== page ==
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Build a Stronger Team Using Empathy

Build a Stronger Team Using Empathy

Empathy is one of our greatest interpersonal skills because it allows us to have better communication with our team members and increases our understanding of others. We know empathy can simply mean to ‘put ourselves in the other person’s shoes’, but it can also mean to take an active role in getting to know your team members and treating them with the respect they deserve.

Related: Communication Outcome Based Team Building Activities

Listening and Paying Attention to Your Team

We all know that there is a difference between hearing and listening, but yet we still seem to confuse the two when we communicate with our team. Listening is considered a skill, so like any other skill, it must be implemented and strengthened. Listening allows for you to understand what the team member is talking about and register what they are trying to communicate. Building better listening skills starts with learning to pay attention when team members speak and actively listening to what they are saying. Key tips to help accomplish this are to give your attention to the team member by facing them and making eye contact. Turn off any cell phones or pagers or remove any item from the area that can distract you and make you lose focus. You’ll find that you will catch more of what the person is saying and be able to retain more. Paying attention and building better listening skills can show support for the other person and build rapport with them.

Tips for better listening skills:

  • Remove any distractions
  • Make eye contact with the person speaking
  • Nod your head periodically
  • Ask for follow up details or information
  • Ask the person to repeat anything you may have missed

Don’t Judge Other Team Members

No matter how many times we hear the old phrase “Don’t judge people” or “It’s not our place to judge”, we more than likely find ourselves doing it anyway – we just don’t want to admit it. Whether subconsciously or not, we still find ourselves judging those around us, whether it is based on their clothes, job title, the way the talk or walk, gender, hair color, skin color, and etc. When another team member is speaking or completes a task, what do you think in your head? Do you automatically make comments on how their assignment was too easy or that the way they speak is subpar to the team. Of course you would never say this out loud or tell them directly, but in your mind you have already made up your mind about them.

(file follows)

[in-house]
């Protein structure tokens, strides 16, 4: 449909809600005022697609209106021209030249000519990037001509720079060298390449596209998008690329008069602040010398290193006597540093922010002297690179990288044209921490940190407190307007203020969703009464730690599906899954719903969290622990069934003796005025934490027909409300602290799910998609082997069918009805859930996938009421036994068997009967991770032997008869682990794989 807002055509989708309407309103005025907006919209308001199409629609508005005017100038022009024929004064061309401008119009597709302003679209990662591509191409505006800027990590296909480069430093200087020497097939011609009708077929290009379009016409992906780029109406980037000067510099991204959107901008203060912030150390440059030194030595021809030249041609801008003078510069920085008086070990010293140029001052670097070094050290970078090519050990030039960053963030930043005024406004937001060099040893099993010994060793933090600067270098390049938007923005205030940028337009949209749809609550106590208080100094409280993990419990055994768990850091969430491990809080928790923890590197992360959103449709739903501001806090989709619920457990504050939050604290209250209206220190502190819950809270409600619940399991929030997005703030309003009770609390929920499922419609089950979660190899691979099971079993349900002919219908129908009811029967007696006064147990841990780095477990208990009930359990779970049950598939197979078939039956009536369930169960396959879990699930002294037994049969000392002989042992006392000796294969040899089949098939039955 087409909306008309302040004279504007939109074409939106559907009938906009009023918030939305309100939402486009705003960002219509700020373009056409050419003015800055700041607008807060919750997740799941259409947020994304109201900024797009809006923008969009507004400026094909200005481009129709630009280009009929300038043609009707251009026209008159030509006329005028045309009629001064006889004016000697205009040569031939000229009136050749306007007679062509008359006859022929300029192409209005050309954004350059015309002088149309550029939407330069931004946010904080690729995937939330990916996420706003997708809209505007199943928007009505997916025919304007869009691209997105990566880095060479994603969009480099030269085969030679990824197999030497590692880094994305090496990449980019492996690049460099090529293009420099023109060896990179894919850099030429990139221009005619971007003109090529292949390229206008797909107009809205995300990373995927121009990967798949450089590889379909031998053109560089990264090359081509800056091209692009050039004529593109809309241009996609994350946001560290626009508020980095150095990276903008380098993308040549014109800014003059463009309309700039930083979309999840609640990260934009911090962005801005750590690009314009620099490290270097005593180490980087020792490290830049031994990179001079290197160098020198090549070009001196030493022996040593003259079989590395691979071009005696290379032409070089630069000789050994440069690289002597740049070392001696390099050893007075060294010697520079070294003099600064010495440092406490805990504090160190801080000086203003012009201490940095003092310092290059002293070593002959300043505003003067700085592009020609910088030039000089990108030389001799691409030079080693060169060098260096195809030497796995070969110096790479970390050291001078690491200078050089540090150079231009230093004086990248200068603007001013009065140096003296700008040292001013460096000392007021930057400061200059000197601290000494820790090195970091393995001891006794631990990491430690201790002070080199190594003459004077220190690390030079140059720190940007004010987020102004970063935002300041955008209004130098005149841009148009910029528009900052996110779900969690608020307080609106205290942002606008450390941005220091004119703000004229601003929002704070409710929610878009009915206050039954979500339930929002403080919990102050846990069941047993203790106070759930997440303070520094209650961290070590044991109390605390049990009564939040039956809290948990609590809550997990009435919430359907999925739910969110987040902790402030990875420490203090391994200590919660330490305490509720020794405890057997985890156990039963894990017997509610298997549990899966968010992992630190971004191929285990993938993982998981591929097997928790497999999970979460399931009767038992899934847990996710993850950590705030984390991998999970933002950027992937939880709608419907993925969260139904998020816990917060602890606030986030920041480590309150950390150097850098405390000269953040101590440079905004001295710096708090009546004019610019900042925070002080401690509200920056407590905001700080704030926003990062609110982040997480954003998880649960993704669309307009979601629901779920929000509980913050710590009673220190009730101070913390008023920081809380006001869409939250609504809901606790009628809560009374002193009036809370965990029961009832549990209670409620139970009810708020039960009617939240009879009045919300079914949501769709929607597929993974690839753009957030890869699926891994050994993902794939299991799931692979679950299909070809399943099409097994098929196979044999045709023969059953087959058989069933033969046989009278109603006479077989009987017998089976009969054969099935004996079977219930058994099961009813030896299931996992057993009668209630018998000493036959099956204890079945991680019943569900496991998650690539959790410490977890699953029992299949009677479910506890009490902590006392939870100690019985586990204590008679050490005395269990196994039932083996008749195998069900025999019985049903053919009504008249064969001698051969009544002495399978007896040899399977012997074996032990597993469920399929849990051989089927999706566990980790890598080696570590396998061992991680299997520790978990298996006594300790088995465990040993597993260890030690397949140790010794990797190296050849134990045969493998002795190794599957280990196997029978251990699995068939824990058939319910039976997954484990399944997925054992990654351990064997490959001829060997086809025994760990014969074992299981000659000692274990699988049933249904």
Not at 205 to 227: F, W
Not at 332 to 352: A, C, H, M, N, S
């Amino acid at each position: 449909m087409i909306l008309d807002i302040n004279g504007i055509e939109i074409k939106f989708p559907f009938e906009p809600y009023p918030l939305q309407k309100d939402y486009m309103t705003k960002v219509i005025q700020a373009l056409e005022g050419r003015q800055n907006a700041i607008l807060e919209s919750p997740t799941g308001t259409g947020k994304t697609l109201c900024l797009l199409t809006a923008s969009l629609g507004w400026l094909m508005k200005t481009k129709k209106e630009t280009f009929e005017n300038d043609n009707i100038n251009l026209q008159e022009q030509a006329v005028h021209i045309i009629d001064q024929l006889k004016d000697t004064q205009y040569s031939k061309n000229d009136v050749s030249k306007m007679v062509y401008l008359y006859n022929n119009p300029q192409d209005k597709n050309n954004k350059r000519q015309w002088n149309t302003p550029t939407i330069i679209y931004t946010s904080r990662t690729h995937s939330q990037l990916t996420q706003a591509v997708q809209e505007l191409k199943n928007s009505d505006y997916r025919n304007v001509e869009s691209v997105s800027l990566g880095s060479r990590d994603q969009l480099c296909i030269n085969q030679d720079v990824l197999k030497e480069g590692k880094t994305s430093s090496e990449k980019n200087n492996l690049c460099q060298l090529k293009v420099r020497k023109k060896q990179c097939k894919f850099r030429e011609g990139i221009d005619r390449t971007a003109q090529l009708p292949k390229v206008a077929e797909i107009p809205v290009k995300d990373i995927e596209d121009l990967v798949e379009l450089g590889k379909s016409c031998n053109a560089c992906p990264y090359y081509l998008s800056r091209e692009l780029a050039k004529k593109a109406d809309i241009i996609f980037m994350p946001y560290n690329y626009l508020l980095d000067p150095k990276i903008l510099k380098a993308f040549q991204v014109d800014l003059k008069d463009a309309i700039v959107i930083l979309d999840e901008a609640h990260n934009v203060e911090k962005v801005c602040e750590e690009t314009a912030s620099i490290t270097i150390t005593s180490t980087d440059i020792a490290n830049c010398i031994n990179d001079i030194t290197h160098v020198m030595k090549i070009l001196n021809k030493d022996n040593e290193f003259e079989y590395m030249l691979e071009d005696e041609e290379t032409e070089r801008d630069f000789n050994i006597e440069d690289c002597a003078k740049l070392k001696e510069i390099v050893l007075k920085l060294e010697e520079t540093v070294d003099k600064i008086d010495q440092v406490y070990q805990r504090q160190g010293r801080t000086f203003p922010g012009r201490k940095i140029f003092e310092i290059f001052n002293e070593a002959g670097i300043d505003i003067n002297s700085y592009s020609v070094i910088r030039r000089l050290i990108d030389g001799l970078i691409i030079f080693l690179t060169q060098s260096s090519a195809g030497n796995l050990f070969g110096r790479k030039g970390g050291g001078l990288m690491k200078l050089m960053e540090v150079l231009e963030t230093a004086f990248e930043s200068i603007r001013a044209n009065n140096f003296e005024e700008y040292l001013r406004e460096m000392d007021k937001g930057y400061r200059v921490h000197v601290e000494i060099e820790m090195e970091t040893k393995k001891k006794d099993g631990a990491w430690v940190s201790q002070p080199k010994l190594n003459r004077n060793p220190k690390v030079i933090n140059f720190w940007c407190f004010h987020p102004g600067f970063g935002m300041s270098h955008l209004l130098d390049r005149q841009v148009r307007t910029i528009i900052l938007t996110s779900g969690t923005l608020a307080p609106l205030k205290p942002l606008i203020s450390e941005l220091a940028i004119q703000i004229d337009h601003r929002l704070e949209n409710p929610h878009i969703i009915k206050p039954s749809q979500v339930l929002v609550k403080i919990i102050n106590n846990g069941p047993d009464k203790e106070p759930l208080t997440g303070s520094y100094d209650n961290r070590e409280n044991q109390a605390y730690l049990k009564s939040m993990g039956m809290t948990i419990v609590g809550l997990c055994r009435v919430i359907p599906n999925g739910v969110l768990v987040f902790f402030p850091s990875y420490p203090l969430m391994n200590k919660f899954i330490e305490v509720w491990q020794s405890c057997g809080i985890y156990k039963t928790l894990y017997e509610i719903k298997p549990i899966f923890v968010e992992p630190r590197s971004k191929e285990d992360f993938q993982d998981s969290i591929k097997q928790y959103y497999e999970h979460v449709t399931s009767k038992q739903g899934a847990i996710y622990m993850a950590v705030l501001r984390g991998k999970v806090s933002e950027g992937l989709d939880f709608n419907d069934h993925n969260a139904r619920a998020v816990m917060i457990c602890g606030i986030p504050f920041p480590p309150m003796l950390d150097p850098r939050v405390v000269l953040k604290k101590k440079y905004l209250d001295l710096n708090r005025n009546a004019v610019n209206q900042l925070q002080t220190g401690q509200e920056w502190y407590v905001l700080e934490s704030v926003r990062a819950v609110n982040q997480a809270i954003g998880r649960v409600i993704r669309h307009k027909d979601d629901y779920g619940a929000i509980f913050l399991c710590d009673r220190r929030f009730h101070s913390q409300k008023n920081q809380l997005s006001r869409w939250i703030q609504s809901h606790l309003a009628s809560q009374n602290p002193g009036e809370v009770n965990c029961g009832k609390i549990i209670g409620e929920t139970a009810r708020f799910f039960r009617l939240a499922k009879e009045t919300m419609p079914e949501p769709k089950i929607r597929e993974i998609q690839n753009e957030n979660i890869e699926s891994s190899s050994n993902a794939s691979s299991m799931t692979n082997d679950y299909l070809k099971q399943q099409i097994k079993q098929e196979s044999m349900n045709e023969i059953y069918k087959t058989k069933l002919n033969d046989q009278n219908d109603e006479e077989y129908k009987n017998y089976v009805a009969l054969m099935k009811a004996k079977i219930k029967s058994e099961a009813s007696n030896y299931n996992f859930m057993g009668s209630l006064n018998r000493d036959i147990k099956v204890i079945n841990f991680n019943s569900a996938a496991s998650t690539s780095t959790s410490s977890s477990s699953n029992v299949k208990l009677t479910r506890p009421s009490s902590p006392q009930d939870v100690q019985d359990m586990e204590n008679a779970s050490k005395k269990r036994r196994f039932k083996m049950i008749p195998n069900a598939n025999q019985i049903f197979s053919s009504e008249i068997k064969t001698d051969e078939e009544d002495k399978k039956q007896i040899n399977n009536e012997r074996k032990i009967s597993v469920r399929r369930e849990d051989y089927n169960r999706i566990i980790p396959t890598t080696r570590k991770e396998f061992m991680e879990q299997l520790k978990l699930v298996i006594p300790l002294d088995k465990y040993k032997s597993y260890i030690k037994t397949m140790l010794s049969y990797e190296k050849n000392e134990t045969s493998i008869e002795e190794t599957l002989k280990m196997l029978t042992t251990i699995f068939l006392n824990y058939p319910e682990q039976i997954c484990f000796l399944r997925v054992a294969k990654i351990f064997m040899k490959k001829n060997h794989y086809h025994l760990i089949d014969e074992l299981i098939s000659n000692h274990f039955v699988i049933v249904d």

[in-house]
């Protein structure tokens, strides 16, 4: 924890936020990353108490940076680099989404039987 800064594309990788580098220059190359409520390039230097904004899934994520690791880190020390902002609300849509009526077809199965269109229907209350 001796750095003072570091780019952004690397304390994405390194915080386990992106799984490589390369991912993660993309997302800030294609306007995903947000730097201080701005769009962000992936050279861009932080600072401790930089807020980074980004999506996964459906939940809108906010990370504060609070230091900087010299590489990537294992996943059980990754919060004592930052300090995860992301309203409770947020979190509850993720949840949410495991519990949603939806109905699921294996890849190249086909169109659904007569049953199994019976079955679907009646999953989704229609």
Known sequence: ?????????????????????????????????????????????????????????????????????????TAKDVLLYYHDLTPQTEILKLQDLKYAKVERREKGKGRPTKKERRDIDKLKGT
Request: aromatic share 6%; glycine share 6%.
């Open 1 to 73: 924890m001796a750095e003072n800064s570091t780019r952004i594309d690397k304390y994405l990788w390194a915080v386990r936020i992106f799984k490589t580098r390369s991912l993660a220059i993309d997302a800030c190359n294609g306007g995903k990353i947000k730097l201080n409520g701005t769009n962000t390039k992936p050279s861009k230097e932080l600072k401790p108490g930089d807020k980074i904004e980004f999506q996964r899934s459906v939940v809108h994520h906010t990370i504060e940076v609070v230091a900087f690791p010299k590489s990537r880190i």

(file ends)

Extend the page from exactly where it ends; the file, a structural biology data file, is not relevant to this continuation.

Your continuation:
Thoughts like this cause us to judge people more and more, which can create barriers between people and lose connections and chances to network over time. Every person has an “inside person” and an “outside person” – we see the outside person every day and try to form our own opinions without seeing everything first. Don’t forget that there is an “inside person” as well that has an entirely different side.

Shift Your View

Empathy is simply defined as putting yourself in another person’s shoes and seeing things from their point of view. When communicating with another team member, think about how it would feel to be in their shoes and do the things they have to do. How would you feel if you have to complete their assignment in the weekly meeting or if you have to conduct a speech in front of hundreds of people?

Shifting your view does not mean that you have to entirely give up your opinions and what you think. It involves taking a few minutes to stop and reflect on the actions and words of the other person and picturing yourself in their situation. Think about what it would be like to stand in their shoes in the conference room or in front of the new manager. By doing this, we can better understand why they may act or speak a certain way and what can drive them to do what they do. By showing empathy, you are able to connect with this team member and create an important relationship to have in the workplace.

Don’t Show Fake Emotions to Your Team

In social situations it is never a good idea to fake our emotions or how we feel toward others. Of course, this does not mean we have full permission to start tearing into people and ripping them to shreds if we didn’t like their recent speech. But if you are not entirely happy about something in the team or feel anxious about something else, it is not a good idea to fake a smile or laugh just to appear happy.

This ‘fakeness’ will more than likely be detected, which can offend others around you or even make them feel insecure. Instead, be honest about how you feel and show honest concern for your fellow team mates. Be tactful if delivering negative feedback and offers helpful tips for improvement or changes. Although they may not accept your true feelings at first, and may even seem angry about it, in the end they will appreciate the fact that you were honest with them and didn’t show a mask of fake emotions with them.